Mestre and neighbouring Carpenedo form the Municipalità di Mestre-Carpenedo, one of the six boroughs in the comune of Venice. With about 89,000 inhabitants, Mestre is the most populated of these urban centres. In contrast, about 53,000 people live in Venice itself, and about 27,700 live in the other major islands of the lagoon, Murano, Burano, Mazzorbo, Torcello, Lido and Pellestrina.
Recent attempts to regain Mestre’s autonomy in five referenda – 1979, 1989, 1994, 2003 and 2019 – have been rejected.
Many people who work in Venice each day – including many gondoliers – commute each morning from Mestre to Piazzale Roma. Mestre is linked to Venice by Ponte della Libertà, the 3.8 km railway and road bridge that crosses the lagoon. Buses run constantly between Mestre and Venice, crossing the lagoon to Piazzale Roma, Venice’s bus terminus.
In the Calendar of the Church, we are in Ordinary Time. Before today begins, I am taking some time this morning to continue my reflections drawing on the Psalms.
In my blog, I am reflecting each morning in this Prayer Diary in these ways:
1, Short reflections on a psalm or psalms;
2, reading the psalm or psalms;
3, a prayer from the USPG prayer diary.
Psalm 139 is the second psalm in the final Davidic collection of psalms, Psalm 138 to Psalm 145, which are specifically attributed to David in their opening verses. Psalm 139 is known for its affirmation of God’s omnipresence.
In the slightly different numbering system in the Greek Septuagint and the Latin Vulgate, this is Psalm 138. Its name in Latin is Domine probasti me et cognovisti me.
The Psalm continues the theme of God’s call: ‘O Lord, you have searched me out and known me’ (Psalm 139: 1).
Not only did God knit us together in our mother’s wombs, but this whole passage reads like we are in God’s womb, hemmed in by God behind and before. God knows everything the Psalmist thinks and his does, God finds him wherever he goes, and the psalmist cannot escape from God even if he tries.
The ‘depths of the earth’ is a figurative or poetic way of referring to the womb.
Our life is in God’s womb, which is a peaceful and comforting thought. We cannot go where God is not, and God, in a sense, is also chasing after us, insisting on having a relationship with us.
Psalm 139 is one of the psalms in this group of psalms (Psalms 138 to 145) attributed to David. According to the Midrash Shocher Tov, however, Psalm 139 was written by Adam. Verses 5 and 16, for example, allude to the formation of the First Man.
Some say verse 16 is the only place in the Bible where the word גָּלְמִ֚י (galmi), from the same root as golem, appears. In describing the creation of Adam hour by hour, the Talmud states that in the second hour the dust from the earth was gathered into a golem or unformed mass (Sanhedrin 38b).
A Midrash on Genesis 5: 1 also describes Adam’s creation as a golem of immense size, stretching from one end of the earth to the other. This is reflected in verse 16, in which Adam says to God, ‘Your eyes saw my golem.’
Psalm 139 (NRSVA):
To the leader. Of David. A Psalm.
. 1 O Lord, you have searched me and known me.
2 You know when I sit down and when I rise up;
you discern my thoughts from far away.
3 You search out my path and my lying down,
and are acquainted with all my ways.
4 Even before a word is on my tongue,
O Lord, you know it completely.
5 You hem me in, behind and before,
and lay your hand upon me.
6 Such knowledge is too wonderful for me;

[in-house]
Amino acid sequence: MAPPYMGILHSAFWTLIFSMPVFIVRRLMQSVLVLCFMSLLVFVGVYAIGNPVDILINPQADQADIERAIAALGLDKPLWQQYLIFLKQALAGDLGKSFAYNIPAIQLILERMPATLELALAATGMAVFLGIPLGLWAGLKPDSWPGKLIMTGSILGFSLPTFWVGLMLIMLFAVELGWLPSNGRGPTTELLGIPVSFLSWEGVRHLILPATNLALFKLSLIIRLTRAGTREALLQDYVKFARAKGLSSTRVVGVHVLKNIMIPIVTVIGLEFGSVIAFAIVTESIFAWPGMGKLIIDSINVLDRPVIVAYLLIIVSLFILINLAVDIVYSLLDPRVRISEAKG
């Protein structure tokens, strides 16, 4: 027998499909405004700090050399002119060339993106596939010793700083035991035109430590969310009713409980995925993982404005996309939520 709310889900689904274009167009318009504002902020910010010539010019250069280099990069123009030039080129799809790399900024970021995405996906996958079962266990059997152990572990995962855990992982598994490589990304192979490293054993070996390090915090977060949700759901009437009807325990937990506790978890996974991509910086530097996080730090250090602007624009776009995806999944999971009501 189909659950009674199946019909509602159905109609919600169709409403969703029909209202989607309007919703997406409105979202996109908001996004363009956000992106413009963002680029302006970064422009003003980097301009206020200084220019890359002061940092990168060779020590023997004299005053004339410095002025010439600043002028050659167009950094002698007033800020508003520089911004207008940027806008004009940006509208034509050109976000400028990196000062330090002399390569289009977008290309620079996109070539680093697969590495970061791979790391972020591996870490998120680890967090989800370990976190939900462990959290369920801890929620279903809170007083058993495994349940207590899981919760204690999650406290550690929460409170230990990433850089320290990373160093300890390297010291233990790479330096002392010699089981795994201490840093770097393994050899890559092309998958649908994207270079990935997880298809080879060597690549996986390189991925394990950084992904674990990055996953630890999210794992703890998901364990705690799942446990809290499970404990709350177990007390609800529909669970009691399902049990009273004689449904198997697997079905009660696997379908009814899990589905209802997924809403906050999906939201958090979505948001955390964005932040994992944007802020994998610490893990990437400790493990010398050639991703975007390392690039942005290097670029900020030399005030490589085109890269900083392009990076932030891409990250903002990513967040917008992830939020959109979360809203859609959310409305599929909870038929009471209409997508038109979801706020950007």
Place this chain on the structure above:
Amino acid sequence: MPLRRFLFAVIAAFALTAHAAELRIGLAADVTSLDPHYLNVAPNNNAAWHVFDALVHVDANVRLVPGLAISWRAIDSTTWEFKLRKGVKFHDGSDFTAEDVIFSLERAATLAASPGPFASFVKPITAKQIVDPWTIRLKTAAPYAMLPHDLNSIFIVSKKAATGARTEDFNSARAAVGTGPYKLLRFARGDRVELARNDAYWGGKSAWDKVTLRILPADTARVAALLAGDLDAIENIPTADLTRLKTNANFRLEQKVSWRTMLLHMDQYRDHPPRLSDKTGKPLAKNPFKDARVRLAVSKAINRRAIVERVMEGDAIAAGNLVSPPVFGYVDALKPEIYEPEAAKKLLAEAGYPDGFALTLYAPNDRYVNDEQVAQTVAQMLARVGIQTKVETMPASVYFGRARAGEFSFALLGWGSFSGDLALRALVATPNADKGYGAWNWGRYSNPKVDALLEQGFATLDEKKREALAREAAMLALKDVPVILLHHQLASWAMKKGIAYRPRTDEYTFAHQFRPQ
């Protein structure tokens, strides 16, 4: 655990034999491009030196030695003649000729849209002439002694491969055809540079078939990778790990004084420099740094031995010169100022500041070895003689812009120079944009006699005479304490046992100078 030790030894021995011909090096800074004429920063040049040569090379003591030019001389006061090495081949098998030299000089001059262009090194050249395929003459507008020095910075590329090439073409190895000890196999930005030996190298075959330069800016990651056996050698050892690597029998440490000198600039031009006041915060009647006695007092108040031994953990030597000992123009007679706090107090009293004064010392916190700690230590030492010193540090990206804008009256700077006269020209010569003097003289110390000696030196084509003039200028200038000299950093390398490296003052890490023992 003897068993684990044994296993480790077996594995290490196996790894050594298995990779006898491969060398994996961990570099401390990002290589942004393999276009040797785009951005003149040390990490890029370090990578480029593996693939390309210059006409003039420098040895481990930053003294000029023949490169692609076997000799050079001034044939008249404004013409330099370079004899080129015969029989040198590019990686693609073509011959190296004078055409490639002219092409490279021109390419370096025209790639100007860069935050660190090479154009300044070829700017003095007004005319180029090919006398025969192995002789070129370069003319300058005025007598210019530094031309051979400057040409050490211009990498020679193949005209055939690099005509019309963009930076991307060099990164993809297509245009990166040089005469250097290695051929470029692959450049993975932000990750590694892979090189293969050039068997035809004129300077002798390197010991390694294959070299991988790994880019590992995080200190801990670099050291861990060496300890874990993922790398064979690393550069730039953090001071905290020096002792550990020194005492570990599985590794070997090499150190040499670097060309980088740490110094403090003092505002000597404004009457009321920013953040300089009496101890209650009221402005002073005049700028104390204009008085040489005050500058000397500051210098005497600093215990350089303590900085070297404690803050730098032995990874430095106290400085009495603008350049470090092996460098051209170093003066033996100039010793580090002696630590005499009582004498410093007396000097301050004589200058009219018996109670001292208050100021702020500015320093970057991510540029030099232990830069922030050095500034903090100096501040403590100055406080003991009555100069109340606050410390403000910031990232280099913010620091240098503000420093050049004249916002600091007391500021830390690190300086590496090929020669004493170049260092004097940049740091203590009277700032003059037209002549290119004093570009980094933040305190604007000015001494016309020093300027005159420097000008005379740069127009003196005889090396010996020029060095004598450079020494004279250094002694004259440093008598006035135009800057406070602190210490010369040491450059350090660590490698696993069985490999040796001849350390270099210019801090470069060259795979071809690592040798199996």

it is so high that I cannot attain it.
7 Where can I go from your spirit?
Or where can I flee from your presence?
8 If I ascend to heaven, you are there;
if I make my bed in Sheol, you are there.
9 If I take the wings of the morning
and settle at the farthest limits of the sea,
10 even there your hand shall lead me,
and your right hand shall hold me fast.
11 If I say, ‘Surely the darkness shall cover me,
and the light around me become night’,
12 even the darkness is not dark to you;
the night is as bright as the day,
for darkness is as light to you.
13 For it was you who formed my inward parts;
you knit me together in my mother’s womb.
14 I praise you, for I am fearfully and wonderfully made.
Wonderful are your works;
that I know very well.
15 My frame was not hidden from you,
when I was being made in secret,
intricately woven in the depths of the earth.
16 Your eyes beheld my unformed substance.
In your book were written
all the days that were formed for me,
when none of them as yet existed.
17 How weighty to me are your thoughts, O God!
How vast is the sum of them!
18 I try to count them—they are more than the sand;
I come to the end—I am still with you.
19 O that you would kill the wicked, O God,
and that the bloodthirsty would depart from me—
20 those who speak of you maliciously,
and lift themselves up against you for evil!
21 Do I not hate those who hate you, O Lord?
And do I not loathe those who rise up against you?
22 I hate them with perfect hatred;
I count them my enemies.
23 Search me, O God, and know my heart;
test me and know my thoughts.
24 See if there is any wicked way in me,
and lead me in the way everlasting.
The theme in the prayer diary of the Anglican mission agency USPG (United Society Partners in the Gospel) this week is ‘Partners in Mission.’ It was introduced on Sunday.
Tuesday 12 July 2022:
The USPG Prayer Diary invites us to pray today in these words:
Let us give thanks for partnership. May we cherish the joy of being and working together.
Scripture quotations are from the New Revised Standard Version Bible: Anglicised Edition copyright © 1989, 1995, National Council of the Churches of Christ in the United States of America. Used by permission. All rights reserved worldwide. http://nrsvbibles.org